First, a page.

It’s only fair that such a handsome piece of jewelry would inspire all kinds of new exhibitions and events at the museum. I think the striking spiral wire design with filigree terminals is reminiscent of a torc while the intaglio is a Greco-Roman classic. That’s not to say this was a hybrid of British and Roman workmanship. The thick spiral-twisted wire band with elaborate terminals and an engraved gemstone set in hinged bezel center is a design that has been found far, far away from Britannia. A similar silver hinged bracelet was found in Slovenia. Gold examples have been found in Syria and Egypt. This was an import, and an expensive one at that.

From the curator’s report for the treasure inquest:

The distorted elliptical hoop comprises a fine and evenly-twisted, tightly-spiralled tube made from circular-sectioned silver wire. Quite heavy wear is visible on both sides of the hoop. What appears to be the central core, around which the wire was spiralled, is visible under magnification in those places where distortion has slightly ‘opened’ the twisted strands, but its composition is uncertain. Each terminal is enclosed in a tubular collar which is decorated with an applied central meander filigree wire flanked by a double-ring edge-moulding. [...]

The large circular bezel, a hollow box construction of silver sheet, has a plain back and sides. Its ornate upper face comprises an outer basal zone of herringbone pattern, formed from three concentric circles of twisted wire, and a central raised open dome with ribbed side and stepped, apparently rubbed-over, setting. The oval gem, seemingly of translucent orange-red colour, has dropped out of position to the base of the box-setting, presumably as a result of the deterioration and loss of an original organic packing. Engraved into its lightly convex surface is the image of a seated Jupiter, with wreath and full-length drapery, holding a sceptre in his left hand. In his extended right hand he holds a patera above a stylised flaming altar.

Whoever owned this bracelet had to be very wealthy. Dock Museum curator Sabine Skae speculates that it belonged to a wealthy Furness woman, native rather than Roman, who could afford the best and wanted to show it off.

Share

First human remains from ancient Marcavalle culture found in Cuzco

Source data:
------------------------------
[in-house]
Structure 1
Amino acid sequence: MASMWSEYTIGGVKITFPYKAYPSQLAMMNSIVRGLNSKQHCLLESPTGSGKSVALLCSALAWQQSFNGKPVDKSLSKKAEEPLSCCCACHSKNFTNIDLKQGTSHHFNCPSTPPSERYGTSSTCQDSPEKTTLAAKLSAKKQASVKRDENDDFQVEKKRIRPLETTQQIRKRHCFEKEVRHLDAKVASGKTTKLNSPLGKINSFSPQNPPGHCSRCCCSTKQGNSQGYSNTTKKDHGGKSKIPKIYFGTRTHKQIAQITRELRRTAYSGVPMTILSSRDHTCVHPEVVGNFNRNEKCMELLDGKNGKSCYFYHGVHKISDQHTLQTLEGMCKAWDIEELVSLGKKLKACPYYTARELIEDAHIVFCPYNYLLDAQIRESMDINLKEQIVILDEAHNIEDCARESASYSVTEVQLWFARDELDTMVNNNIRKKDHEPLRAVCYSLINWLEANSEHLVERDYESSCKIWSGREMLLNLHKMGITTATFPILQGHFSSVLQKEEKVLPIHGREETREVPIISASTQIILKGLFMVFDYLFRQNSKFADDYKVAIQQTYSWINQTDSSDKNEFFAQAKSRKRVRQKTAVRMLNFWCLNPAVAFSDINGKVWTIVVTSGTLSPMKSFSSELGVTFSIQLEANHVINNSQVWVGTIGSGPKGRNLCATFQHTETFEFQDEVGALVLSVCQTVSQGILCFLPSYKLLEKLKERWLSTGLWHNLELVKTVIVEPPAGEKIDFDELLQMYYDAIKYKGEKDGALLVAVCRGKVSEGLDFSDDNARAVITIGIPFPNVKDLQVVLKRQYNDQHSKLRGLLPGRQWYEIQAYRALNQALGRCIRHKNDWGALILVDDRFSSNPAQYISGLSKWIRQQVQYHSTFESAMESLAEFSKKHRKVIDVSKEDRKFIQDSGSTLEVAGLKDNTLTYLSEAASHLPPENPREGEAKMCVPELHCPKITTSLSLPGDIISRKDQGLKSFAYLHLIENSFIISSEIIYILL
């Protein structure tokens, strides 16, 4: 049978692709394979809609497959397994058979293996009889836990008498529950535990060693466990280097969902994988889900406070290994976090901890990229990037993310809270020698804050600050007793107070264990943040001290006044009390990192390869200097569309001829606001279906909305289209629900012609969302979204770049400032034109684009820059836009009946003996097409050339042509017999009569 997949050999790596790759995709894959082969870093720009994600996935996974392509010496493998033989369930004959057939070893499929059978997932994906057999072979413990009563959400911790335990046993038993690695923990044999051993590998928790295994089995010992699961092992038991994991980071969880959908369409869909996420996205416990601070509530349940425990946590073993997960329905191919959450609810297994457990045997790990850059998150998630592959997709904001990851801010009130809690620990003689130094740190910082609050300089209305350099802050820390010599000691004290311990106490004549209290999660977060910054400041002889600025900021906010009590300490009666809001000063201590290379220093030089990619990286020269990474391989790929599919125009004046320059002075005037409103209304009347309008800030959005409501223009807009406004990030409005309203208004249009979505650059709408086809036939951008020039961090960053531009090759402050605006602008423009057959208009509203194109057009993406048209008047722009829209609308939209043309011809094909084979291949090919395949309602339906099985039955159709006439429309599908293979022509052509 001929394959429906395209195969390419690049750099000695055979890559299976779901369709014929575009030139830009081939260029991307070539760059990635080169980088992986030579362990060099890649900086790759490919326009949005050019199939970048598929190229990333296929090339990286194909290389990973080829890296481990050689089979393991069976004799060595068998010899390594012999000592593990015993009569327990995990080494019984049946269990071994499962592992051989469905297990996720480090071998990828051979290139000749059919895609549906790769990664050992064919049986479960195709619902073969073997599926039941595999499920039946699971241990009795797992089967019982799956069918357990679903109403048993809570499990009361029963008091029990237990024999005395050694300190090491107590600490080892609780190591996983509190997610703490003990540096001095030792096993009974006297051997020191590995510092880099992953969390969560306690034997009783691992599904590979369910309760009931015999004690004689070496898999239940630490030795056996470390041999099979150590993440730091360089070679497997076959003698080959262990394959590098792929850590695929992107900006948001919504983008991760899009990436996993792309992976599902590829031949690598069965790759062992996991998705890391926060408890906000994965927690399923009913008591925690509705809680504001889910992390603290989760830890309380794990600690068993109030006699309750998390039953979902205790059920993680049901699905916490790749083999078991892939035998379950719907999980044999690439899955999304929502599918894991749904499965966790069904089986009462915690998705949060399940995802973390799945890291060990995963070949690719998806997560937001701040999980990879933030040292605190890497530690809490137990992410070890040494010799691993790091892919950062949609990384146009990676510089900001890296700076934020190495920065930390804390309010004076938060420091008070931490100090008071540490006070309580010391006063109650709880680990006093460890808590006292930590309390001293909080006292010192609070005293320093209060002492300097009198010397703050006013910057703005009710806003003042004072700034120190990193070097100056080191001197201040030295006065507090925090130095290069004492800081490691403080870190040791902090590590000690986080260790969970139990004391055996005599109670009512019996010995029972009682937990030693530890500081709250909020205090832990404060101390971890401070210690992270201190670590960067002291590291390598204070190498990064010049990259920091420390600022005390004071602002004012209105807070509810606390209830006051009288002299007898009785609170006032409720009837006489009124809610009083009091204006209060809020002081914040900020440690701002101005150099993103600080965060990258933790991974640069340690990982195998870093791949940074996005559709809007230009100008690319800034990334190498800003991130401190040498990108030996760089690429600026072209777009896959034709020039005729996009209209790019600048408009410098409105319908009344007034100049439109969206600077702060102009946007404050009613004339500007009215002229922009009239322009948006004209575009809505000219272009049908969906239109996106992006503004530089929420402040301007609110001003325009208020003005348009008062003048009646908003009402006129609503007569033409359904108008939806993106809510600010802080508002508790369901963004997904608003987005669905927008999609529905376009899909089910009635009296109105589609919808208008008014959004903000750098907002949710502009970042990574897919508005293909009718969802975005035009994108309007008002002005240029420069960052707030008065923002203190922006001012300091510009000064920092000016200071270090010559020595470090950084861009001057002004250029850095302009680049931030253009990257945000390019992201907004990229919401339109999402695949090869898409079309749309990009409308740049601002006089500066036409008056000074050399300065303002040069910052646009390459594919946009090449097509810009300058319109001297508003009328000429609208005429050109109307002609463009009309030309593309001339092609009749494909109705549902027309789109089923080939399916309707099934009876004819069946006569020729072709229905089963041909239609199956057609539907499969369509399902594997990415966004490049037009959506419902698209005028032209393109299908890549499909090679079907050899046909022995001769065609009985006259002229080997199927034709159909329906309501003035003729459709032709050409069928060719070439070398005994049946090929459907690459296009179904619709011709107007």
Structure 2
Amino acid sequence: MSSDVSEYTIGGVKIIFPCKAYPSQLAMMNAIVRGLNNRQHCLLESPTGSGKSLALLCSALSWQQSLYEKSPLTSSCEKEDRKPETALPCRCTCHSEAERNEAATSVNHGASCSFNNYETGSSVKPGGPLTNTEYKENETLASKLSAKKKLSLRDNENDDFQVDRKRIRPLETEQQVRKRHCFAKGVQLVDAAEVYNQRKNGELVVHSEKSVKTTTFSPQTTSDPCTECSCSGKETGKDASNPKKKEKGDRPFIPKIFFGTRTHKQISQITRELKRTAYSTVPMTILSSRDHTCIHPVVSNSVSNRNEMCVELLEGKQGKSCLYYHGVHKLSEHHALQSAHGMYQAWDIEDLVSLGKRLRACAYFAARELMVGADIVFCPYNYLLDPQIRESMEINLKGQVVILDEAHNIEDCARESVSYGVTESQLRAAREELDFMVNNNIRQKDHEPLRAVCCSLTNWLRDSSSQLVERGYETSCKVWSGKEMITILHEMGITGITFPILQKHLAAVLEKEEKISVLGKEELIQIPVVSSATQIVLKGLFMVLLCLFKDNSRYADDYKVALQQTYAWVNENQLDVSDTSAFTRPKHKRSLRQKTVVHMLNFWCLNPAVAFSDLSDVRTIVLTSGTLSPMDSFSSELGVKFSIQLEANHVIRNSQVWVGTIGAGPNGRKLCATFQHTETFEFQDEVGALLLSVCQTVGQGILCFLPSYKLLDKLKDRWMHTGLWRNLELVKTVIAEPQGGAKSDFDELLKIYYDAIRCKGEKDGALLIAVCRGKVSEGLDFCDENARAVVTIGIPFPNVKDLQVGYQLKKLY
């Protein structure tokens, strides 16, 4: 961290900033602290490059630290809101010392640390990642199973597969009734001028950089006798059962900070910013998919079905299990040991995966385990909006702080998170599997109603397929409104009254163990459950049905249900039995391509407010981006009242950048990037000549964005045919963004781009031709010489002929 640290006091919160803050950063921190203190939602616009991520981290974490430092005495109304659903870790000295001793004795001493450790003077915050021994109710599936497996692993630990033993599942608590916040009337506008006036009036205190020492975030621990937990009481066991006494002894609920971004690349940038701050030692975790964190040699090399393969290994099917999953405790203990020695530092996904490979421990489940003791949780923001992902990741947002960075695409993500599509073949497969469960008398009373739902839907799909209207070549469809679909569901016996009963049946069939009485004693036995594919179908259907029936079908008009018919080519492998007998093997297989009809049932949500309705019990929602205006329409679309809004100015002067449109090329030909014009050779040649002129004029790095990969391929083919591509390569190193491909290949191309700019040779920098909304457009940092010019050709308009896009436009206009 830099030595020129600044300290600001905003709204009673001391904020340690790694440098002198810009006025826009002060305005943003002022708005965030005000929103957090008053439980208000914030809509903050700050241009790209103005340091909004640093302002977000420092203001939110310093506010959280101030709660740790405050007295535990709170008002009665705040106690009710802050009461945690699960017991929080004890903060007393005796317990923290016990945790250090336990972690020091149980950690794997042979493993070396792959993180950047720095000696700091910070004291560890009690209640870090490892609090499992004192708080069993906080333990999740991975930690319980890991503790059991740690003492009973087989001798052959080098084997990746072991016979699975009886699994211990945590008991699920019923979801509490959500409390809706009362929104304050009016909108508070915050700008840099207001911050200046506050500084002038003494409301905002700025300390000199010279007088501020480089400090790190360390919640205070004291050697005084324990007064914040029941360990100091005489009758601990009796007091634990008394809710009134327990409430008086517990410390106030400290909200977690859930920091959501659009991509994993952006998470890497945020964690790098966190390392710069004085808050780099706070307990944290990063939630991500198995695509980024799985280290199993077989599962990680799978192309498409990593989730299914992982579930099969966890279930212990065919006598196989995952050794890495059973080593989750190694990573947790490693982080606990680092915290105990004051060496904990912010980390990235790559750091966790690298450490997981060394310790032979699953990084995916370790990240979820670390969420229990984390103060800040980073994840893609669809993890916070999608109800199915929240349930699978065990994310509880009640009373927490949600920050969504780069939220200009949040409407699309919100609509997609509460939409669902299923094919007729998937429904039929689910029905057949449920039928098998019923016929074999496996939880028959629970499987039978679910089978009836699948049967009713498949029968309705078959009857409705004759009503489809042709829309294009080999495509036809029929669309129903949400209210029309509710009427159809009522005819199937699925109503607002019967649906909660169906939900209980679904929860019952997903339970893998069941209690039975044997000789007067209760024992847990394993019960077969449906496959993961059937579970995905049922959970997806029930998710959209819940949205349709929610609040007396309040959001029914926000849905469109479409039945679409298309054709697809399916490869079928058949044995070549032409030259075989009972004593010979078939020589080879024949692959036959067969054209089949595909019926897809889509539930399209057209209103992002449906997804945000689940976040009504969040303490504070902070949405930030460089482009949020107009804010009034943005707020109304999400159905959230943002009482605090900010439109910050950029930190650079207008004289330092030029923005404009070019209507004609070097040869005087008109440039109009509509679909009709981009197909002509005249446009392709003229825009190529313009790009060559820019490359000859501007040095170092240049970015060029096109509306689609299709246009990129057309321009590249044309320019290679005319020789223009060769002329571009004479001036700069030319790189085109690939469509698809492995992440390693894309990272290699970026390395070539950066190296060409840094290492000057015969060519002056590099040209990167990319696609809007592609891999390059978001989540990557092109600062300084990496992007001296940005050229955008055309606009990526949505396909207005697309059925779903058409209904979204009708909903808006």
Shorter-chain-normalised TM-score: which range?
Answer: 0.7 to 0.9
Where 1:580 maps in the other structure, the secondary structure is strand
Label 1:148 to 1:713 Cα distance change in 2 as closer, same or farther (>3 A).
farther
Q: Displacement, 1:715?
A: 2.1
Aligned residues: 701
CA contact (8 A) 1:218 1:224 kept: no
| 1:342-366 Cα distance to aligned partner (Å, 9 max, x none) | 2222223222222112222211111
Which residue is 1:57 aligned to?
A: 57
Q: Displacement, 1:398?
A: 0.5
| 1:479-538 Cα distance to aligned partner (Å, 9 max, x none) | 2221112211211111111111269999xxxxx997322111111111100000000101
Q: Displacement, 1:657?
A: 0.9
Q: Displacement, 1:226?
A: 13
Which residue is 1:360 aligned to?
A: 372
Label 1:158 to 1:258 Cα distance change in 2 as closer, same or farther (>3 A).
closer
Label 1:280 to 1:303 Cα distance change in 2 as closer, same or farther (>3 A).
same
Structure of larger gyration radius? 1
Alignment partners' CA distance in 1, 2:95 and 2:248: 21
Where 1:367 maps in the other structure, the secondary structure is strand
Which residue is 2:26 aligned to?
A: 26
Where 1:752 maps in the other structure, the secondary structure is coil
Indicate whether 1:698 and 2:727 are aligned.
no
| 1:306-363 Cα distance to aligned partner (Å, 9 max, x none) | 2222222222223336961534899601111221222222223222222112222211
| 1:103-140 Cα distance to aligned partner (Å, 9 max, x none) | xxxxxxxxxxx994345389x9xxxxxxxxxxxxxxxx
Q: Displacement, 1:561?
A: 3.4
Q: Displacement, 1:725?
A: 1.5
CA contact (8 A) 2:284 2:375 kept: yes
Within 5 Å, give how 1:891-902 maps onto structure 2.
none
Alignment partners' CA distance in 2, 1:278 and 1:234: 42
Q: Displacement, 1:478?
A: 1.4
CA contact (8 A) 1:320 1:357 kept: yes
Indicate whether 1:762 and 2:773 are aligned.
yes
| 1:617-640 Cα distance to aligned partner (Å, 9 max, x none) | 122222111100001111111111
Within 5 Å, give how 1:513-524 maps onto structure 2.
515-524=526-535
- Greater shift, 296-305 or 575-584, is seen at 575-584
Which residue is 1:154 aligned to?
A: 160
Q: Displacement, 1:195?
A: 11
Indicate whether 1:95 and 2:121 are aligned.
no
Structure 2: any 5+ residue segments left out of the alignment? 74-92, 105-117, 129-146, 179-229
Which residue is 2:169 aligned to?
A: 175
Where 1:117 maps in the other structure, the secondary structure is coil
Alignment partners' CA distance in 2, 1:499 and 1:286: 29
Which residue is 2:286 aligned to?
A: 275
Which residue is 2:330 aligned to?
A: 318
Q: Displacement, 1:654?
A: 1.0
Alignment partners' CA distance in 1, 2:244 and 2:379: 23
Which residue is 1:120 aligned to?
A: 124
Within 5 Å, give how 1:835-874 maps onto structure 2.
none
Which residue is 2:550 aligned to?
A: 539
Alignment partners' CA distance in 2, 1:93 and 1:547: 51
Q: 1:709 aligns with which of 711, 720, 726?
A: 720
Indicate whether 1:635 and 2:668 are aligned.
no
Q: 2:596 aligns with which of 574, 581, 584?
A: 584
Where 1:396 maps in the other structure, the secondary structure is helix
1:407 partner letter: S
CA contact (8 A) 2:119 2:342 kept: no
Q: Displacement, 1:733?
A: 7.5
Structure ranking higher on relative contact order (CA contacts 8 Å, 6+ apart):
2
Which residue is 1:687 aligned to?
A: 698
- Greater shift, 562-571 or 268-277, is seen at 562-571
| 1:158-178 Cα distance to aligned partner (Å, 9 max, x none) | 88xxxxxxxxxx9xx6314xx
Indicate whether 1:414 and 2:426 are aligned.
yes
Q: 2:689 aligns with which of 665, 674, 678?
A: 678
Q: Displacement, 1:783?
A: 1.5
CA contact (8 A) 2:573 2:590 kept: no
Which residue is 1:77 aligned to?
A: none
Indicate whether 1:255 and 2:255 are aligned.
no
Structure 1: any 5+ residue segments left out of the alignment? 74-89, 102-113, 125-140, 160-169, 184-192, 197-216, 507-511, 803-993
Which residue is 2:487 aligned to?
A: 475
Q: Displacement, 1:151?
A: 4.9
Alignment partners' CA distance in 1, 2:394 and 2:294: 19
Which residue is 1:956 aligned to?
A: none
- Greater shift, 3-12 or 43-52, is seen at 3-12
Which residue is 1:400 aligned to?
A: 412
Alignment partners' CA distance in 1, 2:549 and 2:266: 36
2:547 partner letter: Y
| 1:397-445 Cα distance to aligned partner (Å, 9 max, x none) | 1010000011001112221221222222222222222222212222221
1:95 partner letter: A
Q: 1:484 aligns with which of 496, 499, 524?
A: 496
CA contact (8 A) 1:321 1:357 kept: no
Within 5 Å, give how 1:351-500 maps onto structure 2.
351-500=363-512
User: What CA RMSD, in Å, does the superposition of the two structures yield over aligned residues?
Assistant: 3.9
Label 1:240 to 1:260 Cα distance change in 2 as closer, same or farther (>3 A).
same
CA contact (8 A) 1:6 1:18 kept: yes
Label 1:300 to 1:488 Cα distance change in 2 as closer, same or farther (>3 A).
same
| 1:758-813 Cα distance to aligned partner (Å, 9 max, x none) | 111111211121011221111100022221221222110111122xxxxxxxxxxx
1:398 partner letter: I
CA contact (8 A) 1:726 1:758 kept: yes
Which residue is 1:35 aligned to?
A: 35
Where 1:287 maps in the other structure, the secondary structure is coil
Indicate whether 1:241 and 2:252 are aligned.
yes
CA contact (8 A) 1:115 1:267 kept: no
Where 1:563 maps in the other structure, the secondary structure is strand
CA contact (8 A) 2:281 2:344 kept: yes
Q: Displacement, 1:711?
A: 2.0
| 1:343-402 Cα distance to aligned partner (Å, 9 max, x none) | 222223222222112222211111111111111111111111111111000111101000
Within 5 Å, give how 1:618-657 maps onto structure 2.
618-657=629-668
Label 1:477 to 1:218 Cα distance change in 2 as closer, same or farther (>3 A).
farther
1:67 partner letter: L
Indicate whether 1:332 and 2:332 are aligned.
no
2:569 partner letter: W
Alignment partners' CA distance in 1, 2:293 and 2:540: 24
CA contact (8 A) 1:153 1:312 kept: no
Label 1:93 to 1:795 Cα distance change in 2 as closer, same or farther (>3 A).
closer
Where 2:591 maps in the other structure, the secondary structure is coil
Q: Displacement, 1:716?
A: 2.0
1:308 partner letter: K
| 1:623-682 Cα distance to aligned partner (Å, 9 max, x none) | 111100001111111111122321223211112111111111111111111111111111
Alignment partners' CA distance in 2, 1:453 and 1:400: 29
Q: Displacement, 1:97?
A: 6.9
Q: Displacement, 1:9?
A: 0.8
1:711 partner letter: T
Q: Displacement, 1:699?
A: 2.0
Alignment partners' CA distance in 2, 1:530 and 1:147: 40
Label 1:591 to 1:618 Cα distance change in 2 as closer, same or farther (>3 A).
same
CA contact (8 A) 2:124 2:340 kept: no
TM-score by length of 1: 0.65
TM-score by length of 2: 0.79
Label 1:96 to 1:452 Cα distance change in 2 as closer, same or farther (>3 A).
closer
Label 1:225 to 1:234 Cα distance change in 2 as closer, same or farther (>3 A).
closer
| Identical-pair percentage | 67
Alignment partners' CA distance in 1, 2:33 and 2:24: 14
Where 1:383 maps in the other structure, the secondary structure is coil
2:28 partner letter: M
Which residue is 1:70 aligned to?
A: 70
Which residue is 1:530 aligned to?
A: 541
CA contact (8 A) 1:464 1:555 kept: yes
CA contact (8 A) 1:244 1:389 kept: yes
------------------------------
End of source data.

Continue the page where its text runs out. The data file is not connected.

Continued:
Saturday, March 8th, 2014

Archaeologists from the Decentralized Department of Culture of Cuzco, Peru, have unearthed the first human remains ever discovered from the pre-Incan Marcavalle culture which flourished in the area around 1000 B.C., the first known human settlement in the Cuzco Valley. Digging on the grounds of the Juvenile Rehabilitation Center of Marcavalle 20 minutes south of downtown Cuzco by agreement with the Superior Court of Justice, excavators found three burial areas containing the skeletal remains of five people. Two adults were buried together in one grave along an east-west axis. Adjacent to them was the grave of an infant. Nearby two adolescents were buried with their lower legs bent and placed side by side.

Interred along with the human remains were artifacts characteristic of Marcavalle culture. The people were buried wearing bead necklaces around their necks and arms. Excavators also found decorative pottery in animal and human shapes. Iridescent paint was used on some of the pottery, a material typical of Marcavalle ceramic. There were a number of projectile points made out of stone and obsidian, charms and tools — mortars, chisels, awls, drills — made of stone and bone. Unworked bones of camelids, deer and guinea pigs butchered for food were unearthed in the funerary context as well.

Researchers found another first in another trench: a semicircular wall. The sandstone and clay mortar wall is the first architectural evidence ever discovered from the Marcavalle culture. It’s not clear what structure the wall was a part of, but archaeologists found ashes which may have been left behind from religious or cultural activity of some kind.